Fresno chief defends officers' conduct
Wesson arraignment delayed.
The killings quadrupled Fresno's murder rate.
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The sons of Marcus Wesson defend him.
Gallery: Bodies found in Fresno home
Map: Fresno, California
FRESNO, California (CNN) -- Fresno's police chief defended his officers' decision to wait more than an hour before entering a Fresno home where they found nine people shot to death last Friday night.
Chief Jerry Dyer said Thursday the officers had no legal authority to go inside until Marcus Wesson -- now charged with the killings -- walked outside with blood on his clothes.
"I support the officers because I know they did the right thing," Dyer said.
Wesson, 57, appeared in court Thursday but his arraignment was delayed for a week until a lawyer he wants to hire decides if he will take the case.
Wesson remains jailed without bail.
Dyer denied that his department was investigating whether officers -- called to the home by two women who said they were trying to get custody of children they had turned over to Wesson -- could have saved lives.
"There is no investigation that is occurring regarding the actions of the officers," Dyer said.
Dyer said all police knew at the time was that Wesson was locked in a bedroom -- possibly with a gun -- along with several children.
"The officers on scene did not hear gunshots and officers had no reason to believe that the children were about to be injured or killed," Dyer said.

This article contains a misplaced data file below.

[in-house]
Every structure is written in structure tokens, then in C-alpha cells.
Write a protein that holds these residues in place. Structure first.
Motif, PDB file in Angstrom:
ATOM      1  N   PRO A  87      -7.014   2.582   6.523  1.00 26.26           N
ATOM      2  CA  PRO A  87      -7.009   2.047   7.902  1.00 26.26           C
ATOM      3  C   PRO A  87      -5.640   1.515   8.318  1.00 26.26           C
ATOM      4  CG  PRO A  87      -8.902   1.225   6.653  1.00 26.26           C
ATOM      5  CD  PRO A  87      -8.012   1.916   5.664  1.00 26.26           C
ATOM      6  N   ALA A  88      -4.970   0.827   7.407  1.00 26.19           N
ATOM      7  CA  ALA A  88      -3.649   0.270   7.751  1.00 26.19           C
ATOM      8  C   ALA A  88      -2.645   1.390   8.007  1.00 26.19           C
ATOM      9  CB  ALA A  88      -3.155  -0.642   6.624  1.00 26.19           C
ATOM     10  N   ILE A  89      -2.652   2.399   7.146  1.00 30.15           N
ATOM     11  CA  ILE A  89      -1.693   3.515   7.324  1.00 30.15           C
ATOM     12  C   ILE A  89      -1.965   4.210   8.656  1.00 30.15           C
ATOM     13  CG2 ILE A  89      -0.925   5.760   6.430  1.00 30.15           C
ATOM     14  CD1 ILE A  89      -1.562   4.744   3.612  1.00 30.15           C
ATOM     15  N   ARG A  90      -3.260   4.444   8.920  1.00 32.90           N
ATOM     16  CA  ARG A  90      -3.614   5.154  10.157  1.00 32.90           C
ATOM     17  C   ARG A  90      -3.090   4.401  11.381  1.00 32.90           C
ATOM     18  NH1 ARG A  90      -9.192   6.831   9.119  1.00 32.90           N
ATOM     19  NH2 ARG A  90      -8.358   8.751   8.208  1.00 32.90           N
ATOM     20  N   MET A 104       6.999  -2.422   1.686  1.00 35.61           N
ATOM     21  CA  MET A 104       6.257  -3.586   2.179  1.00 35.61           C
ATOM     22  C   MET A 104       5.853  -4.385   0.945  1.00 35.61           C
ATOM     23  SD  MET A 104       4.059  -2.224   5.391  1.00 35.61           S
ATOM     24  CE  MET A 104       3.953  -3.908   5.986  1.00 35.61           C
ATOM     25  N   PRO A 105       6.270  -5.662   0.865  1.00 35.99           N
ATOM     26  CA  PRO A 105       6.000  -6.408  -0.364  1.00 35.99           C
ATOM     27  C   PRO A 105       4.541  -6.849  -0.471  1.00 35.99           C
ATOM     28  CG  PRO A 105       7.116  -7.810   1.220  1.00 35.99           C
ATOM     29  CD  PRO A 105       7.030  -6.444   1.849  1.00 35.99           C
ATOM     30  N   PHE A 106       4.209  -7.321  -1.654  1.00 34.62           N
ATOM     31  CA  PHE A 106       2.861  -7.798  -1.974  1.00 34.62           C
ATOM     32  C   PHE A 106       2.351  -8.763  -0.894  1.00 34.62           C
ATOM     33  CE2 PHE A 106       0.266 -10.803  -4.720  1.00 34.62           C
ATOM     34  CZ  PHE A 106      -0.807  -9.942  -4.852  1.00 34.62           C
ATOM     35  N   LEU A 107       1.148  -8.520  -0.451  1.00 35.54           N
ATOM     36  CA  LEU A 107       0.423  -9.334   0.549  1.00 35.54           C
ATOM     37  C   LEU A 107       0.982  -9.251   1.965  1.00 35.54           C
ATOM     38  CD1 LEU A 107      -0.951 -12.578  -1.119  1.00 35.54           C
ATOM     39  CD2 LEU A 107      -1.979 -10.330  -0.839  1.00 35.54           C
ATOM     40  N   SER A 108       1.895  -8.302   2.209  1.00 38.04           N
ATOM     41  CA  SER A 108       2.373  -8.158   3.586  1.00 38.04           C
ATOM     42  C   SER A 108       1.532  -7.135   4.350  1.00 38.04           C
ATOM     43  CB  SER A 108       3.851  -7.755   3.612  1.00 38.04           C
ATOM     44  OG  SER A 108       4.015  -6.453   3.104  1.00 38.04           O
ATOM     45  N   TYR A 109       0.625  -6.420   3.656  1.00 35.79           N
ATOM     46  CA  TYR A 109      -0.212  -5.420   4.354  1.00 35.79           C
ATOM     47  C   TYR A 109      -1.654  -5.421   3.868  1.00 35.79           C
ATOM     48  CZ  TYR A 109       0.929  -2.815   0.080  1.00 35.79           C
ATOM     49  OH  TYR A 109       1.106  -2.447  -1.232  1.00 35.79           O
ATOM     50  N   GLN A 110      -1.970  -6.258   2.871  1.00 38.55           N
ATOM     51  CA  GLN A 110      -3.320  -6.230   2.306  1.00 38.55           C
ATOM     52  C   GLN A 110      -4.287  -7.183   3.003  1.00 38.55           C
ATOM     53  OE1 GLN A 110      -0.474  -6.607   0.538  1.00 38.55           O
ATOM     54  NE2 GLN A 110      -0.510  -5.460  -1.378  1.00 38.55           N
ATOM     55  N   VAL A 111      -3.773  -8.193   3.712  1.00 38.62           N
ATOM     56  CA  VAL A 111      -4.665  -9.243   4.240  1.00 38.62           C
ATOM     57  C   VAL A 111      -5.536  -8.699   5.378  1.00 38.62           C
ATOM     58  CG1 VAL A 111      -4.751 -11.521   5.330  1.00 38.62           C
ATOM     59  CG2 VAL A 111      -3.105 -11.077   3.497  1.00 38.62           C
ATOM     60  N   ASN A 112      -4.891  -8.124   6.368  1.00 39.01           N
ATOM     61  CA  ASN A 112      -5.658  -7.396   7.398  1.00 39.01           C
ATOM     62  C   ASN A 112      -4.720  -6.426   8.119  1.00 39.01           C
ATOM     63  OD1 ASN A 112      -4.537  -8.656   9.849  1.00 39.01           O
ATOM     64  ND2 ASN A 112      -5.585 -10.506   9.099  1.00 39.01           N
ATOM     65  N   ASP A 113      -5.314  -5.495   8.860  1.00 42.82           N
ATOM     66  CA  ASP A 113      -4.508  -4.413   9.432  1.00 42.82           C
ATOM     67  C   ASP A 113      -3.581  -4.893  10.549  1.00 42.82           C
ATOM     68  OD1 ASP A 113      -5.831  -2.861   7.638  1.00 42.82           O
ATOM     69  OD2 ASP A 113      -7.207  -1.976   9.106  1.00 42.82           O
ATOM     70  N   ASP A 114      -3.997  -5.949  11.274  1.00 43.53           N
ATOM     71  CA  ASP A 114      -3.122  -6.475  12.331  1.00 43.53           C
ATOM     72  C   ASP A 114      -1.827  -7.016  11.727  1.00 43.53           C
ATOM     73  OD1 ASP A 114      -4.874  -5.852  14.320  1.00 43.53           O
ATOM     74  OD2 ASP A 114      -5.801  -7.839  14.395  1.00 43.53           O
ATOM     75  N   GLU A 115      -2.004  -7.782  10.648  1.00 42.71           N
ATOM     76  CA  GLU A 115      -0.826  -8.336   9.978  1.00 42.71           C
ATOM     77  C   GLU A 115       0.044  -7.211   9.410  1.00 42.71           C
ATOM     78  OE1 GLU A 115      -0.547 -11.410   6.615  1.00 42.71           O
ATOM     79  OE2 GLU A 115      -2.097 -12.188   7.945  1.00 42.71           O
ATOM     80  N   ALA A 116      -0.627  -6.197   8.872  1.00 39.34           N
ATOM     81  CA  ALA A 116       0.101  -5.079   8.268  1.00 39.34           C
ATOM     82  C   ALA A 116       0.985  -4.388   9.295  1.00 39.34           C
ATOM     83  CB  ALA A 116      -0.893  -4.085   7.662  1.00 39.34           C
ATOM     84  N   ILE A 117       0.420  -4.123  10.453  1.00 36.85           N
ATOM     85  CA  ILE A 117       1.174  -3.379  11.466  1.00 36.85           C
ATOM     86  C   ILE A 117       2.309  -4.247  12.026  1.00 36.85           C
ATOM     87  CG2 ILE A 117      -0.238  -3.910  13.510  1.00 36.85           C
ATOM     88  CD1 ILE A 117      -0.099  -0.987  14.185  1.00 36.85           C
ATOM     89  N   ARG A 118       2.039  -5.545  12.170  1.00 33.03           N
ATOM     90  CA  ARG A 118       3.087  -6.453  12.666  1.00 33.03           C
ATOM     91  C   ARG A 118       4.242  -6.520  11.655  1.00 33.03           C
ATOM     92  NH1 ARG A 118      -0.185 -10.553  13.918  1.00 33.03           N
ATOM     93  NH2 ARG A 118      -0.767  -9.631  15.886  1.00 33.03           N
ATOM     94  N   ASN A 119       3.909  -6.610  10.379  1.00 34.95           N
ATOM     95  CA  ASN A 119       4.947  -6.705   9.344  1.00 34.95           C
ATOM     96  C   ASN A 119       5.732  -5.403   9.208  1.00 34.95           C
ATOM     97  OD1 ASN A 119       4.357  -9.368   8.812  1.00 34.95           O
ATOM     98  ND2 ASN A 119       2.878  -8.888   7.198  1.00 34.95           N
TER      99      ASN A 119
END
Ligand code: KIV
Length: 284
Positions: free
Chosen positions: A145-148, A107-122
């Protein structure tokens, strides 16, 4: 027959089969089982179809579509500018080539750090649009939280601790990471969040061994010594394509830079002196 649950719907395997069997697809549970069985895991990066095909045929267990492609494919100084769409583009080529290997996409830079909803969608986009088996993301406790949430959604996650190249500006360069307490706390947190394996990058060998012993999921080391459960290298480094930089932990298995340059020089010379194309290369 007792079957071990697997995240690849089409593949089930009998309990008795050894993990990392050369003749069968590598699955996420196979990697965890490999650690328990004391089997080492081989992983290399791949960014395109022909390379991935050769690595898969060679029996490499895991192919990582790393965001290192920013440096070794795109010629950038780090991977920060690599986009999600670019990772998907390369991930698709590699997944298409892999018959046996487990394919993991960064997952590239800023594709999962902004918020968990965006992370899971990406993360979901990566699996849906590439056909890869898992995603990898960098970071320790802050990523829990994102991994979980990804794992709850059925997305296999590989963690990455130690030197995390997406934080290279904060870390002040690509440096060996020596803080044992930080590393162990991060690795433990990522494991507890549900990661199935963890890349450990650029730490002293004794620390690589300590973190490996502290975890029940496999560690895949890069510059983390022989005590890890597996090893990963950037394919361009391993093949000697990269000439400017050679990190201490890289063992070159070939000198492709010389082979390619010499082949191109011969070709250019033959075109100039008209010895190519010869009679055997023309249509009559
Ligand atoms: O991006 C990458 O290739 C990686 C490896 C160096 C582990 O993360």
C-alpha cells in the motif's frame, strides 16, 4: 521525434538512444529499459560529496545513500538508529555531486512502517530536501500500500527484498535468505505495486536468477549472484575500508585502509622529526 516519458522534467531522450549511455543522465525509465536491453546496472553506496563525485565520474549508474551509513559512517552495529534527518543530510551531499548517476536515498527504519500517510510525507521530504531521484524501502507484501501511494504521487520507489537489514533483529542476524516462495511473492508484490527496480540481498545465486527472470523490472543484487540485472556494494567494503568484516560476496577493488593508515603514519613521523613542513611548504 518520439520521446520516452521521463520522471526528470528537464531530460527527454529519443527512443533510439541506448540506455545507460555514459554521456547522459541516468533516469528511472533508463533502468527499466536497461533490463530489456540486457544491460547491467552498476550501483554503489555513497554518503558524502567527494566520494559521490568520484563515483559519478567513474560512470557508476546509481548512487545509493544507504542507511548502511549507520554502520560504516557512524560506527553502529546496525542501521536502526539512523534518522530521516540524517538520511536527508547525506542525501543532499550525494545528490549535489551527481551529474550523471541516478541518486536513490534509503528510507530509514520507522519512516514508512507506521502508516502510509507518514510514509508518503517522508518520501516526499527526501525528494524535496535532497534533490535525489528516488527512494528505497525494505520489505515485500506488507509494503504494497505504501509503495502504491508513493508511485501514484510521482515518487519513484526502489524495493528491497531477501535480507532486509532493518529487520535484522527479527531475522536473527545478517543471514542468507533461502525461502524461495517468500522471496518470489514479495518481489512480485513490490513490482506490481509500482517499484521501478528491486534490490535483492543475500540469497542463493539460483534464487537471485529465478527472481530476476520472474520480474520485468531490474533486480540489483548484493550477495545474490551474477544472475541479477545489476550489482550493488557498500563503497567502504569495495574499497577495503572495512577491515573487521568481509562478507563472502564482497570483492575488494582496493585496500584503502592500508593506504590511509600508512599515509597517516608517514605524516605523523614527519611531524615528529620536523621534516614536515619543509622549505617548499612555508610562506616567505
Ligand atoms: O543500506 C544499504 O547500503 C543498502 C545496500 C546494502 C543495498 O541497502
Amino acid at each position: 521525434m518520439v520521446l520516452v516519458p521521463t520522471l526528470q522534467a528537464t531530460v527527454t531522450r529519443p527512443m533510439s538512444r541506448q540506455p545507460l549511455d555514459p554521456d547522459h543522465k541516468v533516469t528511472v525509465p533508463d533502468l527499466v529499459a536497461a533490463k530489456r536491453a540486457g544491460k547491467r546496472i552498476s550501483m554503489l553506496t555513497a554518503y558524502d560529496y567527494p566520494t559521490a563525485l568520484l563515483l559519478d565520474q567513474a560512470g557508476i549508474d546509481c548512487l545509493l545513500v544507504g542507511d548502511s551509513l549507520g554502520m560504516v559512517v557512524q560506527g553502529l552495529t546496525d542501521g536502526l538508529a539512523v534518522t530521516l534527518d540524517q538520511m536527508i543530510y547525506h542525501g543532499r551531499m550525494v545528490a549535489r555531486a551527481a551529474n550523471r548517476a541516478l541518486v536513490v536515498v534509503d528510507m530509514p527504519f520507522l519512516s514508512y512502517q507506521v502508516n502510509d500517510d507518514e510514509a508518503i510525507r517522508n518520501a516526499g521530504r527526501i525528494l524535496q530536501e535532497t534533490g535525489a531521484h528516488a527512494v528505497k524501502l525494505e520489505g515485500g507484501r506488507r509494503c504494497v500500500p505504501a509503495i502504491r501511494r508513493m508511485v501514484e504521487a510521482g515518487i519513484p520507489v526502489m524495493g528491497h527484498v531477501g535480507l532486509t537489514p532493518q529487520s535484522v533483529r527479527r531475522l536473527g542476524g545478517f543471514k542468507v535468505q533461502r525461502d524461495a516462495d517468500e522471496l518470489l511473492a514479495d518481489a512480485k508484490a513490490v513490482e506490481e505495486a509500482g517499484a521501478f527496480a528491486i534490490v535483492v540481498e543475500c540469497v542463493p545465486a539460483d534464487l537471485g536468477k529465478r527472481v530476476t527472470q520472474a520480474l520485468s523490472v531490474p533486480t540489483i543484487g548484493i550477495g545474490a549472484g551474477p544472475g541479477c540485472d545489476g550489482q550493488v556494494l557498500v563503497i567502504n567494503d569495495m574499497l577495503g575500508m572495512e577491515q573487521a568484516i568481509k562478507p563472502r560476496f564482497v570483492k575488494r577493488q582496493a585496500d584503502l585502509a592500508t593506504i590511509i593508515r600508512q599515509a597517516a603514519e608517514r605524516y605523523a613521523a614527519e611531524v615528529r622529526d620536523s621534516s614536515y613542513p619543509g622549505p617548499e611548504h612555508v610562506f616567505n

Instead of rushing in, the officers called for the SWAT team and negotiators, he said. This was not out of fear for their own safety, Dyer said, but "out of concern for the welfare of the children as they did not want to force a confrontation and did not want to allow the situation to escalate."
"They did everything they were trained to do," Dyer said.
After Wesson emerged covered in blood, police entered the home where they found the bodies of a 24-year-old woman; five girls, ages 17, 8, 7 and two 1-year-olds; and three boys, ages 7, 4, and 1. The victims included at least two children police say the suspect fathered with one or two of his own daughters.
The bodies were piled atop one another and clothing was intertwined among them. Twelve empty coffins were stacked in a front room.
Chief Dyer said it is still undetermined when the victims were killed.
"It may have been the individuals were killed prior to the officers arriving," he said. "It could be that the individuals were killed after the officers arrived and it could be a combination thereof."
Dyer downplayed claims by some neighbors that they heard gunshots during the standoff.
"There are a lot of cases and times in which we investigate homicides and shootings in which people hear something and after they learned that someone has been shot they then say I did hear gunshots," he said.
The second-guessing has taken an emotional toll on the officers involved, he said.
"These officers have been through enough emotional trauma without someone providing information out there that would lead one to believe that they were responsible for the death of these individuals," he said.
Seventeen of the officers were given counseling and some have been placed on paid administrative leave because of the trauma, Dyer said.
Meanwhile, for the second time in two days, Wesson was in court for arraignment only to have it postponed until it is decided who will defend him.
Wesson has resisted getting a court-appointed lawyer and was granted a one-day delay Wednesday to allow him time to find his own counsel. He contacted Fresno criminal defense lawyer David Mugridge through a lawyer he knew previously.
Mugridge spent two hours with Wesson Thursday morning but told the judge he needed more time to talk with Wesson before deciding if he'll take his case.
Mugridge, who appeared with Wesson at Thursday's hearing, asked the judge for a one-week delay. Arraignment is now set for March 25.